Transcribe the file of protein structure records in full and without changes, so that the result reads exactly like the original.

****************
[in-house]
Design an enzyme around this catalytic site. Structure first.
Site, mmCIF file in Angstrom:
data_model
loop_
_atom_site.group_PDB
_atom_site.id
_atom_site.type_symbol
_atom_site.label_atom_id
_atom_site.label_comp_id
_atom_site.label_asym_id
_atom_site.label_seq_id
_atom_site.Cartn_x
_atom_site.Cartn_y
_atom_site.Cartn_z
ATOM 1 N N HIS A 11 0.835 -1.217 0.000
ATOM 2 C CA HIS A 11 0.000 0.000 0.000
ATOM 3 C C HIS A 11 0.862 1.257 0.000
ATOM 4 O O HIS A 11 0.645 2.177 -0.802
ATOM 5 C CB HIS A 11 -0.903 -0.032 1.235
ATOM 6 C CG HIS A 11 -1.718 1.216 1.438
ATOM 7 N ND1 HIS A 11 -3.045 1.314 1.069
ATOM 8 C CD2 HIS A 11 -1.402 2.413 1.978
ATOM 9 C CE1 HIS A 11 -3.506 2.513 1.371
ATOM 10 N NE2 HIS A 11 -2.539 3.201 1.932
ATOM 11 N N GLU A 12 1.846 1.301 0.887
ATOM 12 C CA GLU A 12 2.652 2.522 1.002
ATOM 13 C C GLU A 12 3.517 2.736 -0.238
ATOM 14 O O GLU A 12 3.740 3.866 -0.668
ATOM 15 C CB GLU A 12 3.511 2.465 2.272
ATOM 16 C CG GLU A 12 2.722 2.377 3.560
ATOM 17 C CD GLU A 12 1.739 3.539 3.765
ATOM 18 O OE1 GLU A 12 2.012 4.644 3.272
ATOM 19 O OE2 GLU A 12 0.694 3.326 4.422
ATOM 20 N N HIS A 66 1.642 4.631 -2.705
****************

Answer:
[in-house]
Design an enzyme around this catalytic site. Structure first.
Site, mmCIF file in Angstrom:
data_model
loop_
_atom_site.group_PDB
_atom_site.id
_atom_site.type_symbol
_atom_site.label_atom_id
_atom_site.label_comp_id
_atom_site.label_asym_id
_atom_site.label_seq_id
_atom_site.Cartn_x
_atom_site.Cartn_y
_atom_site.Cartn_z
ATOM 1 N N HIS A 11 0.835 -1.217 0.000
ATOM 2 C CA HIS A 11 0.000 0.000 0.000
ATOM 3 C C HIS A 11 0.862 1.257 0.000
ATOM 4 O O HIS A 11 0.645 2.177 -0.802
ATOM 5 C CB HIS A 11 -0.903 -0.032 1.235
ATOM 6 C CG HIS A 11 -1.718 1.216 1.438
ATOM 7 N ND1 HIS A 11 -3.045 1.314 1.069
ATOM 8 C CD2 HIS A 11 -1.402 2.413 1.978
ATOM 9 C CE1 HIS A 11 -3.506 2.513 1.371
ATOM 10 N NE2 HIS A 11 -2.539 3.201 1.932
ATOM 11 N N GLU A 12 1.846 1.301 0.887
ATOM 12 C CA GLU A 12 2.652 2.522 1.002
ATOM 13 C C GLU A 12 3.517 2.736 -0.238
ATOM 14 O O GLU A 12 3.740 3.866 -0.668
ATOM 15 C CB GLU A 12 3.511 2.465 2.272
ATOM 16 C CG GLU A 12 2.722 2.377 3.560
ATOM 17 C CD GLU A 12 1.739 3.539 3.765
ATOM 18 O OE1 GLU A 12 2.012 4.644 3.272
ATOM 19 O OE2 GLU A 12 0.694 3.326 4.422
ATOM 20 N N HIS A 66 1.642 4.631 -2.705